__Part 1: Introduction__ – __Part 2: Timer__ – __Part 3: Volatile formulas__ – __Part 4: Lookup formulas__ – __Part 5: Sorting source data__ – __Part 6: Table or List? __– __Part 7: Multiple criteria lookups__ – Part 8: Sum with multiple criteria – Part 9: Other factors – Part 10: Summary

## Part 7: Multiple Criteria Lookups

In the previous part, we saw that calculation times are significantly reduced when the source data is laid out as a table, rather than a list. If we were using the SUMPRODUCT formula on a list we could obtain the same result in just 2% of the time. All we need to do is change our formula method and the source data structure into a table.

So far in this series, we have assumed that our data has been based on a single criterion (or two criteria in the case of a table). Our data set actually has 6 criteria which could be used. It is those 6 criteria which combine together to give us our list of 42,941 unique records. In this part, we will look at the multiple criteria lookups available and which is the fastest.

## Setting up the test

The formulas we will be considering are:

INDEX/MATCH – by using a helper column

SUMIFS

INDEX/MATCH (Array) – Method 1

INDEX/MATCH (Array) – Method 2

SUMPRODUCT

VLOOKUP/CHOOSE

SUM (array)

We will be using the same data as previous parts. As our data set is unique, and based on numerical values so SUMIFS and SUM (Array) are also available for returning the same value as a lookup formula. If our data were not unique or based on less than the 6 criteria we may need to use different formulas. The workbook can be downloaded here.

## The results

Just take a few seconds to look at the results.

The key learning for me is that using a simple INDEX/MATCH with a helper column is significantly faster than all the other formulas. Our helper column only needs to recalculate when the source data changes. As a result, the helper column calculations can achieve faster times.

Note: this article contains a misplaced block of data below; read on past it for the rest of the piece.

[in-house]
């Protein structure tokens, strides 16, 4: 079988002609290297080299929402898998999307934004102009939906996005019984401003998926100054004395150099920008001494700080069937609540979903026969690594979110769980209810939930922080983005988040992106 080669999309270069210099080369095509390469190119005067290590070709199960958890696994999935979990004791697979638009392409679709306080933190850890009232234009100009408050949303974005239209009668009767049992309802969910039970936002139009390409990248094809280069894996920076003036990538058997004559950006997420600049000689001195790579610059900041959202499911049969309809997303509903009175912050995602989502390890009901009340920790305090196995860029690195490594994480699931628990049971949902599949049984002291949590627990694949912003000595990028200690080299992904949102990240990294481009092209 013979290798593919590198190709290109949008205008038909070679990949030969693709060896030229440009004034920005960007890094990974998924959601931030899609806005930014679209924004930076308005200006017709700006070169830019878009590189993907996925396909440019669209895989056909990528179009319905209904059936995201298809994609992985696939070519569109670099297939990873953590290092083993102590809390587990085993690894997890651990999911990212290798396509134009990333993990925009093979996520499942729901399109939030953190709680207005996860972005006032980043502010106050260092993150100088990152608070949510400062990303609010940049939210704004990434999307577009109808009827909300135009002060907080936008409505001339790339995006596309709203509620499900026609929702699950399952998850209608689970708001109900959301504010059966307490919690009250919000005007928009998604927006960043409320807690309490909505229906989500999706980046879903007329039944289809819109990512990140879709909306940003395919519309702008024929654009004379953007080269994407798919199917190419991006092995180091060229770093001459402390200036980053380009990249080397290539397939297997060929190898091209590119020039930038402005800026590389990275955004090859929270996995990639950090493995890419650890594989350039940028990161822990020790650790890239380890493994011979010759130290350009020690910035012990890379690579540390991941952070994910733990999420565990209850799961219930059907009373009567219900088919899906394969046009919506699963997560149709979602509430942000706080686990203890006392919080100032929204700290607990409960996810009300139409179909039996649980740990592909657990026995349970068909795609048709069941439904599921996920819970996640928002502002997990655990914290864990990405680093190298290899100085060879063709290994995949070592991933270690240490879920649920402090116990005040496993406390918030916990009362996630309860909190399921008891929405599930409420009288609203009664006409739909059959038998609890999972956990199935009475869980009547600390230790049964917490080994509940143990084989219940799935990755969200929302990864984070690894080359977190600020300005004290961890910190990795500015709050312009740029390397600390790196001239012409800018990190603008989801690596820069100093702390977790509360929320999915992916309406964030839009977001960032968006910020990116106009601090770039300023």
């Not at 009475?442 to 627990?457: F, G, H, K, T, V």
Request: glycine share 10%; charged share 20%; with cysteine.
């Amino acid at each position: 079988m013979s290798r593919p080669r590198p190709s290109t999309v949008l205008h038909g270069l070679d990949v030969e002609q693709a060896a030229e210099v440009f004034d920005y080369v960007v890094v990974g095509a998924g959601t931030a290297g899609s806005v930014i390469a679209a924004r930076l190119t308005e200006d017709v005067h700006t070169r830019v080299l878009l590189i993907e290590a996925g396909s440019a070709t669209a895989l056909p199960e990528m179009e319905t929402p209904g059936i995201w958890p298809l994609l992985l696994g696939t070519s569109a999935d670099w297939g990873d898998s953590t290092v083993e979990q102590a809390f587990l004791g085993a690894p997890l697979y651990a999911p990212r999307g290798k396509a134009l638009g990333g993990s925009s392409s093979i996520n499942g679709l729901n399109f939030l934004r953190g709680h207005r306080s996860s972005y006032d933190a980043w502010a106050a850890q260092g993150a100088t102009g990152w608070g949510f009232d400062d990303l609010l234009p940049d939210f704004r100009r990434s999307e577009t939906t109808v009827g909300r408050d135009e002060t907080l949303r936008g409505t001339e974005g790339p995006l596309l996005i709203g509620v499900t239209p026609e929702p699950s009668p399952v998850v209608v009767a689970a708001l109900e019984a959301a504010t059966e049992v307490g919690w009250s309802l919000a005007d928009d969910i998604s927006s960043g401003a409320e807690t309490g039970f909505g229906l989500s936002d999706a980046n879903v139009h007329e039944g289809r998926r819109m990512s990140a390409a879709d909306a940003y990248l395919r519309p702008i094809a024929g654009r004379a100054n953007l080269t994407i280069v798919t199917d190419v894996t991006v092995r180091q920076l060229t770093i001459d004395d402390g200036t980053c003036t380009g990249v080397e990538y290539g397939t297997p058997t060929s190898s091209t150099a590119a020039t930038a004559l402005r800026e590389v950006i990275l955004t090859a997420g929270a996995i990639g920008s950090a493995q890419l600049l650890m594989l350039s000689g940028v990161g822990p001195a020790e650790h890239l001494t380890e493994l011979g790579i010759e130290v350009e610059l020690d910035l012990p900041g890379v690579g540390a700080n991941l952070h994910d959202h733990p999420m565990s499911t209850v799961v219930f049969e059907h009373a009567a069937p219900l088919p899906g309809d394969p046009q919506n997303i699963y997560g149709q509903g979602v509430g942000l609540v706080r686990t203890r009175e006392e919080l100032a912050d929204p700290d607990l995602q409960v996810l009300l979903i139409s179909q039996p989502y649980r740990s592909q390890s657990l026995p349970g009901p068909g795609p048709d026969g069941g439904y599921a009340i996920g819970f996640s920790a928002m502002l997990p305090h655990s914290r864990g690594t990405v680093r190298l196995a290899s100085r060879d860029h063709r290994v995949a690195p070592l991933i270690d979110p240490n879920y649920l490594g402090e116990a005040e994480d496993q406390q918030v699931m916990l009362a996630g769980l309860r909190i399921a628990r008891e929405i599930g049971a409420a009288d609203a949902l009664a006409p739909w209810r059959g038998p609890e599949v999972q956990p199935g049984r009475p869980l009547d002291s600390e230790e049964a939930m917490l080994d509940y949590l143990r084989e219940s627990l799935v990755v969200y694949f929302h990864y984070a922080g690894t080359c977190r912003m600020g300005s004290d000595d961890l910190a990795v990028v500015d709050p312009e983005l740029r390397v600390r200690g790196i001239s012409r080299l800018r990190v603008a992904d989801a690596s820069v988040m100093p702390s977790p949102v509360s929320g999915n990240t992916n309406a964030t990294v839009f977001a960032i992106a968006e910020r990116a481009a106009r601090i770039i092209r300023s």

SUMIFS was a bit of a surprise. I know that this formula was built to be fast when summing with multiple criteria, but I wasn’t expecting it to be as fast as it was. Whilst it may be 5 times slower than using an INDEX/MATCH with a helper column, but it is also 5 times faster than the best of the other formulas. This formula is only available because we are looking up numbers, if the lookup result had been text, then this would have resulted in an error.

The SUM (Array), SUMPRODUCT and INDEX/MATCH (Array) methods all perform at roughly the same speed. In the circumstance where you need to use a lookup formula (without a helper column) on unique data, one of these would be suitable. INDEX/MATCH (Array) – Method 1 is slightly faster than the others. In my opinion, it is slightly easier to understand, and also works on text, so would be my preferred option.

The VLOOKUP/CHOOSE (Array) formula was the slowest of all the formulas tested.

## Conclusion

I must admit, I can be a bit of a formula snob. I have a tendency to look down on spreadsheets which are created with helper columns. If I can do in one cell what others need a helper column for then surely my spreadsheet must be better, right? Well, maybe not. My formula may be more complex and achieve everything in a single cell, but it also has the potential to be significantly slower. If we have a need for speed, then helper columns should definitely be a consideration.